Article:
The beginning of this new monasticism will be the reality of the presence of communal bonfire...a gathering, a fellowship...in the midst of the passionate fire, the Spirit of God. It may be hearing what St. Francis heard, " the Lord said, he wished me to be a fool, the like of which the world has never seen before."
It may be 2-3 families, a group of friends who are willing to be a subversive community, being an alternative to the established order be rearranging thier lives around the mind of Christ. To have thier communal lifestyle shaped by the gospel of Jesus. The priorities of the community are not determined by the popular religion of the day, by the swinging pendulum of politics or by the consumer culture...but by the Sermon on the Mount and paschal ( easter-passover ) mystery.
This community of new world monks will transcend all class distinctions and barriers. Male versus female, priest versus lay person, liberal versus conservative, charismatic versus traditional, modern versus post-modern, academic versus the drop-out, the old and the young...all will melt away in the unifying love of the Spirit.
The sole requirement for membership are an awareness to the reality of Jesus as Lord, and God as Abba Father...an unconditional surrender to the transforming wind and fire of the Spirit of God...and a commitment to this new monastic community and its mission. In gathering around the communal bonfire, in the presence of Jesus...in the passionate flame of the Spirit...where Love conquers all...fellowship is formed.
It will mean renewing our minds around the act of fellowship. A dictionary might define it as...the condition of sharing similar interests, ideals or experiences, as by reason of profession, religion or nationality; the companionship of individuals in a congenial atmosphere and on equal terms; a close association of friends of equals sharing simailar interests or friendship and comradeship. I like the term Kiononia, from the greek term koinos, meaning common ( such as in Acts 2:43-45...and all the believers lived in a wonderful harmony, holding everything in common ). It is sometimes translated communion...closely related to communicate.
I wonder if what we call fellowhip today is something else entirely. alot of time we sit around some what uncomfortably talking about this or that, but never really saying what we'd like to say or need to say. We reserve that out of fear. I realize that silence and solitude are an element of monasticism, but in this neo-monasticism authentic conversation, fellowship and community will also be a vow held just as high.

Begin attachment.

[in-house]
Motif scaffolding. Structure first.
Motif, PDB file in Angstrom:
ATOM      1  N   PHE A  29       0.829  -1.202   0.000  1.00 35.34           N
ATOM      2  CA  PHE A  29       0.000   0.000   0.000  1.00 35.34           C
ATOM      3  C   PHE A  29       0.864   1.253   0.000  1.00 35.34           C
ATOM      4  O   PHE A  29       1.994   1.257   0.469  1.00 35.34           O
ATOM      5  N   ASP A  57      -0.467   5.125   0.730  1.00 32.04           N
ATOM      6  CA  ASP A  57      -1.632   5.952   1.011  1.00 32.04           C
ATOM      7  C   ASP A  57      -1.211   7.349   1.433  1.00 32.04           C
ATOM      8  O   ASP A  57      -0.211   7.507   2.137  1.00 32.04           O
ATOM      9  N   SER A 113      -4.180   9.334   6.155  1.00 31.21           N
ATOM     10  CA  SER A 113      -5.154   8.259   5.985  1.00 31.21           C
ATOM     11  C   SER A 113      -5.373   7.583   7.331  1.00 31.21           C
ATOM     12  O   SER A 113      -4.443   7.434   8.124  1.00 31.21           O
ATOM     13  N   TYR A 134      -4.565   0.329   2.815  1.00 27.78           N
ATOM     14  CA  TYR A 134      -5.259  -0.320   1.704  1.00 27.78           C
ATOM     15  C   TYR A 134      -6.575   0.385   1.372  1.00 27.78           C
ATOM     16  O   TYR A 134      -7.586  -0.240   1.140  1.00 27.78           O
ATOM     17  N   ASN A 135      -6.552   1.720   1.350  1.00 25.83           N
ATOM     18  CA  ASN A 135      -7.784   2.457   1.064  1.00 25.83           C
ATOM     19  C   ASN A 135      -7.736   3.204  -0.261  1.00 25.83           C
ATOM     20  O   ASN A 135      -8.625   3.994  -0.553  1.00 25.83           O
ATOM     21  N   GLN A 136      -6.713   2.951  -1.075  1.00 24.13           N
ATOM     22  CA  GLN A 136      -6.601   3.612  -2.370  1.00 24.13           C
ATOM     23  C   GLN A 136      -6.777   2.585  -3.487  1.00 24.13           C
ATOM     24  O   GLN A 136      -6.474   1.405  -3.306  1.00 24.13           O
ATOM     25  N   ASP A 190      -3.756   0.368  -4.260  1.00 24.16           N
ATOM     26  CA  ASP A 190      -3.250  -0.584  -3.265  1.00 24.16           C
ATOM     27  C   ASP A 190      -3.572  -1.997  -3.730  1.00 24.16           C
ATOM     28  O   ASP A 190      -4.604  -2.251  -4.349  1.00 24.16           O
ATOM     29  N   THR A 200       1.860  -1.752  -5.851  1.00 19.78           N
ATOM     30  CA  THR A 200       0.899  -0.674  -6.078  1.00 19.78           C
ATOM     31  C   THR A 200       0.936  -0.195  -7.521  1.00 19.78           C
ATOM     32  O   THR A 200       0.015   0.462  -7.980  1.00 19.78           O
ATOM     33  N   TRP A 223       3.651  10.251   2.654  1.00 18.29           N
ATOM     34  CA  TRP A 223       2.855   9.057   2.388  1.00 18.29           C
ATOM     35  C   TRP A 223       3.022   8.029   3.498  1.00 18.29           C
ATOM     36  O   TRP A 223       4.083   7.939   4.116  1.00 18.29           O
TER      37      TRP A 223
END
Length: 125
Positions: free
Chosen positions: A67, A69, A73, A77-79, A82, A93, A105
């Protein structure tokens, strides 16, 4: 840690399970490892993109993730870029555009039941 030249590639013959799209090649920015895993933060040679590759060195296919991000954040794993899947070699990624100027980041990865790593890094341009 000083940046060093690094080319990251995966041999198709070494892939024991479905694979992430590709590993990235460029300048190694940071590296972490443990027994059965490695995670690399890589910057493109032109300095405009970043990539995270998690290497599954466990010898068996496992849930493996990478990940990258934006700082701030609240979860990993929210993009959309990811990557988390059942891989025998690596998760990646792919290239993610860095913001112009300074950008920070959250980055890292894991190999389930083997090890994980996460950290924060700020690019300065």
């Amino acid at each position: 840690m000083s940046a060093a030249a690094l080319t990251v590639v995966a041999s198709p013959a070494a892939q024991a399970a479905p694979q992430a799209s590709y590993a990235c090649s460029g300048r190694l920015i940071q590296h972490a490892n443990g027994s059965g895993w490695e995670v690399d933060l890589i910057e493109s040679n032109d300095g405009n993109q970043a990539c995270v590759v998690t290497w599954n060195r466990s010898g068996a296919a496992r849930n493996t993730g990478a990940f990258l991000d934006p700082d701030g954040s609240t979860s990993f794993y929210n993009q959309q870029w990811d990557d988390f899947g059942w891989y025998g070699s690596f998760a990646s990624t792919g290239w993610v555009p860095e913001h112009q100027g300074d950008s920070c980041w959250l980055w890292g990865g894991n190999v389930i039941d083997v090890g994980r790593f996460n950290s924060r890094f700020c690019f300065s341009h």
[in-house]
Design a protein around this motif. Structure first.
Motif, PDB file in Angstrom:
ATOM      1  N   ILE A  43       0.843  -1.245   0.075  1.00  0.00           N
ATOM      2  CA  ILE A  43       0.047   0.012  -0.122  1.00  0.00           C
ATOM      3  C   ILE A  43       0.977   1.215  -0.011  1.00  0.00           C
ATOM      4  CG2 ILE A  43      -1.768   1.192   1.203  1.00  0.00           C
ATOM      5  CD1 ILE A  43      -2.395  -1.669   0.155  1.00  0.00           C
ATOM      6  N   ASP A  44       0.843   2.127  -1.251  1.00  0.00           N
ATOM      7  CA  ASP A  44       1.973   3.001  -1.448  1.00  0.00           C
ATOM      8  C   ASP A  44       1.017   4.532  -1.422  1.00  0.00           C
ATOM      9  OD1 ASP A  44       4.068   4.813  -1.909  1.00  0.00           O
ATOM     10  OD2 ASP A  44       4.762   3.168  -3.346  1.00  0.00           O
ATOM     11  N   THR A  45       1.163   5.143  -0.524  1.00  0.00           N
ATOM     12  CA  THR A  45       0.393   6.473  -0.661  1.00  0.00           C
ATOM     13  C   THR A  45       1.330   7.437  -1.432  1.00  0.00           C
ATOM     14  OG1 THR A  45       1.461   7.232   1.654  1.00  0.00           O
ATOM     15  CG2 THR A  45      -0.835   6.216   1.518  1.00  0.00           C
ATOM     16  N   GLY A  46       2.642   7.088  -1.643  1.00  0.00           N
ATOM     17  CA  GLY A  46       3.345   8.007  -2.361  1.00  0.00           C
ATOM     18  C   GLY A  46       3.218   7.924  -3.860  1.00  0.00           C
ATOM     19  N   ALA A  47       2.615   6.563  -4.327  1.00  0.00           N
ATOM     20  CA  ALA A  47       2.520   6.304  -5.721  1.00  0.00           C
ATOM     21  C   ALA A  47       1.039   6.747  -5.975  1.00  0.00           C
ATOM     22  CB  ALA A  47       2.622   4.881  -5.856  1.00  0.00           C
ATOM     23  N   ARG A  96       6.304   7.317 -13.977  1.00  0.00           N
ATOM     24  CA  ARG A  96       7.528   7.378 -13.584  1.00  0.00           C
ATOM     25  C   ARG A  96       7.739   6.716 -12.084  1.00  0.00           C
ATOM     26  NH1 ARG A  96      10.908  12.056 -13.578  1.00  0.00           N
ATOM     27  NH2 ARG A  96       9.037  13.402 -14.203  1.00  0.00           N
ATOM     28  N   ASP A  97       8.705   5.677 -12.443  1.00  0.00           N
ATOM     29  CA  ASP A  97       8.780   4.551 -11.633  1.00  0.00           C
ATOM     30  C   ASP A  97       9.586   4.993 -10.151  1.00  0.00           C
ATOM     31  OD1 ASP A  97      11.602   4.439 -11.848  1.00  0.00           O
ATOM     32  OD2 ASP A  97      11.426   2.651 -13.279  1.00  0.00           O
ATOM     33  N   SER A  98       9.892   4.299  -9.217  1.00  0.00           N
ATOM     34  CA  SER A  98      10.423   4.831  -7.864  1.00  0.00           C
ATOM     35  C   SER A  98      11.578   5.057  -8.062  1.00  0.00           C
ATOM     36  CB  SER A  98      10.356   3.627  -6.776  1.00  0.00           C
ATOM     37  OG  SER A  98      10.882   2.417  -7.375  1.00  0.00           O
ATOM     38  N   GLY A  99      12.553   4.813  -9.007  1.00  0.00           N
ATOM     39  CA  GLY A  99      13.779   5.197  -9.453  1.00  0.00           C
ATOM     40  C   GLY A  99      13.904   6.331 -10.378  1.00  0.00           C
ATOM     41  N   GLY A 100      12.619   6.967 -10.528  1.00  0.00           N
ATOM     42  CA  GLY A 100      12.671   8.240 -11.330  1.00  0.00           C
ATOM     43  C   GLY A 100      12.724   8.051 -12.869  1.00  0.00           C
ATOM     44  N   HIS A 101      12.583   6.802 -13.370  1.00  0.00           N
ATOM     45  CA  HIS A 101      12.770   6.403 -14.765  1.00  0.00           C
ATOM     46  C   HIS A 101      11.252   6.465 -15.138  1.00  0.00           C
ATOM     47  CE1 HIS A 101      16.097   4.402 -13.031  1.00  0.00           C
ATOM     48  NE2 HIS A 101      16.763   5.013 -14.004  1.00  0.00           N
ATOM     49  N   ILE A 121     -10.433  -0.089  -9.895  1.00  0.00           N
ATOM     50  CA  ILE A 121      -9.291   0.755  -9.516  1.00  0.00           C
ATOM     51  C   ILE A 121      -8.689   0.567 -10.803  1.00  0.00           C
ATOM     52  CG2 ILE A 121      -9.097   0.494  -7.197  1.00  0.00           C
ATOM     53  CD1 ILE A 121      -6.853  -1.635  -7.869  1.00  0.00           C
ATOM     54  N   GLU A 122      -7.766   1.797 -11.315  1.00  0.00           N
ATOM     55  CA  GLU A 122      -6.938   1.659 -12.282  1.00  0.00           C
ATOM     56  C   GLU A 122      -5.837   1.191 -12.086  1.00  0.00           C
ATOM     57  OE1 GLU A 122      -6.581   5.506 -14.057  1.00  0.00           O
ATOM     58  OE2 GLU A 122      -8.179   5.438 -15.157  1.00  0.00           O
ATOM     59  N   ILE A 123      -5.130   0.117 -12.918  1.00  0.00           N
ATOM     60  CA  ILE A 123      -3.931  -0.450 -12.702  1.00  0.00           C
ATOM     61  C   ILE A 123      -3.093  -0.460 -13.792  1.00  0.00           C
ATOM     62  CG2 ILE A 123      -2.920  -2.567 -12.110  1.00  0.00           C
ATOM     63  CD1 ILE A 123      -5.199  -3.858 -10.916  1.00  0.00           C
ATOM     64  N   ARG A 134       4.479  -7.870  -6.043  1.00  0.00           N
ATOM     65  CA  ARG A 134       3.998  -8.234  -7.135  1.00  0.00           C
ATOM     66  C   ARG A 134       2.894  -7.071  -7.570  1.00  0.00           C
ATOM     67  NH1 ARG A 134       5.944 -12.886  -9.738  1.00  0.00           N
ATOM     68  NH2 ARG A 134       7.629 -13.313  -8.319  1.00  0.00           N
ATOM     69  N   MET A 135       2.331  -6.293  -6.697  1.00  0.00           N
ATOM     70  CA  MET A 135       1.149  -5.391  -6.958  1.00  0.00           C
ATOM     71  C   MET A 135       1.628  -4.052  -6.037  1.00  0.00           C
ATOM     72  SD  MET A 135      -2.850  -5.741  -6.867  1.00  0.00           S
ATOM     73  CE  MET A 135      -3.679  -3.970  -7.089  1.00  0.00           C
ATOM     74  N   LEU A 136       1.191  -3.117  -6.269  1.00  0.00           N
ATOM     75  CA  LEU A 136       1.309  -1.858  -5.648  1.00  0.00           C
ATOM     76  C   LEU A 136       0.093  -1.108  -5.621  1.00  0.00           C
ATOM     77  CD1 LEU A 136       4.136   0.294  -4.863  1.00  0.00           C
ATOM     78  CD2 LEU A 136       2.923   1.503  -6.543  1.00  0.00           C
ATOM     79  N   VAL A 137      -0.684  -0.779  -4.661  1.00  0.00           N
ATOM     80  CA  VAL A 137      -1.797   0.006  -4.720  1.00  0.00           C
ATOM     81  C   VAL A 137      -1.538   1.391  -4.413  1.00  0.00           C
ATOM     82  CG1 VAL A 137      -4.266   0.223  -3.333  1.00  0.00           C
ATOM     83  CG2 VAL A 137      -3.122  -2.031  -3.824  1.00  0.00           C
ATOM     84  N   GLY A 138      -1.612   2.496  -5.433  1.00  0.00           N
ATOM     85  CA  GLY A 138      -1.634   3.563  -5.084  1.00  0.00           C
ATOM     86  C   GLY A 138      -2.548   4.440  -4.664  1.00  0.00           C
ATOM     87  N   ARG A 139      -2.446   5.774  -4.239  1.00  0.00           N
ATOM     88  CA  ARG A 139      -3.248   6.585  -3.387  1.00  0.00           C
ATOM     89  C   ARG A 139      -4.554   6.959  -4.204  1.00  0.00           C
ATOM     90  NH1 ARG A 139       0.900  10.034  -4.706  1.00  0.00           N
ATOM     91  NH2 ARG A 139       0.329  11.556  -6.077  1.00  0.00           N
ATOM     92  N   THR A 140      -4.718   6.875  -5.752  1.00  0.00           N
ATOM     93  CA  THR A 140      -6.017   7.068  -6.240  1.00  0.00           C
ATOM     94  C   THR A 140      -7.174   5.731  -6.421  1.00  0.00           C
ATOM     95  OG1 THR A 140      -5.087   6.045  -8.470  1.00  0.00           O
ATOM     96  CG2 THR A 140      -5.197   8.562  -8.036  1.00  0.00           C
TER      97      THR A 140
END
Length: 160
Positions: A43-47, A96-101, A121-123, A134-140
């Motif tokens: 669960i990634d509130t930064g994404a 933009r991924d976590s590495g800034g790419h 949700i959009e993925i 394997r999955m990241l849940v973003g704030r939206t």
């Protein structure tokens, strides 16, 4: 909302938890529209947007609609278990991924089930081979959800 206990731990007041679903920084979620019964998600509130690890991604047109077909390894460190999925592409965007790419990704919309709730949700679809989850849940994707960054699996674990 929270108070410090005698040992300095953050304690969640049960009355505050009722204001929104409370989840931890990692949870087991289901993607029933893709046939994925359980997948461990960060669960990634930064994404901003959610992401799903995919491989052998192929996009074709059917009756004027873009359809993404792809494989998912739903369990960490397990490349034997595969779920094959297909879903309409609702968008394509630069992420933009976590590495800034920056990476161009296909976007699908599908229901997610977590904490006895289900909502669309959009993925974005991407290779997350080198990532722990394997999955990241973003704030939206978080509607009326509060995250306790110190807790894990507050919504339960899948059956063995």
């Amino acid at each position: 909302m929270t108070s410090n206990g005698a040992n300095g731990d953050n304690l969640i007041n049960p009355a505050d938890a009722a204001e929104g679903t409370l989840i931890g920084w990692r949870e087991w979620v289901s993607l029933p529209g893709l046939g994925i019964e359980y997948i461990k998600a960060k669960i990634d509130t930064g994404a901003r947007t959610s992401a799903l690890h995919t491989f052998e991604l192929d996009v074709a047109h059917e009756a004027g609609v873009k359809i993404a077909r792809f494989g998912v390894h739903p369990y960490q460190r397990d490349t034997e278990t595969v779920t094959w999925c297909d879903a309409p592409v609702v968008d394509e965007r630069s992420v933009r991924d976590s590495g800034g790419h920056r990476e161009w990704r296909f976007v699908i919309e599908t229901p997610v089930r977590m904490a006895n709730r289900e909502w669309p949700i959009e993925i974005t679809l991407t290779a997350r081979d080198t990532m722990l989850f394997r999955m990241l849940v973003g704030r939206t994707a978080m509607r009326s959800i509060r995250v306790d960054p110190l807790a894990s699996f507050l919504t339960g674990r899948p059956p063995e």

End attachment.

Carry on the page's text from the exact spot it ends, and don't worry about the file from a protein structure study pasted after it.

If we are to have this life that is " in common ", what is it we have in common? It's as much as we are willing to give I suppose. Nothing is had in common unless it is given to have. There are many times when what we have to give as parts of the whole are not what is desired. What then? We fear for different reasons. One is the fear of something we need to say being dismissed by the others. We fear not being liked because of what we might say, because someone might get offended even if our motives are good. We also fear being thought of as a fool for what we might say or do. We fear not being loved
We have all heard, perfect love casts out all fear...there is no fear in love. Fear of being rejected by God and perhaps by others. Thats a core fear, not a peripheral one. So in this new monasticism, where commnunity, fellowship, koinonia and conversation are highly valued for growth...woe to us if we foster an atmosphere that promotes a fear of rejection. We need to open ourselves up to be loved, by God and others...and set our will and our life into all that is Jesus...toward loving God and others...the great command. And love gives. Love is honest and says what it means. Love does not make people wak on eggshells.
So maybe in this new monasticism for the beginnings it won't entirely new...but the re-kindling of the emmbers of an ancient faith. So, fellowship, or life in common, community, monasticism is simply the life of love between brothers and sisters. It is Love, living and moving in us and among us.
The musings continue...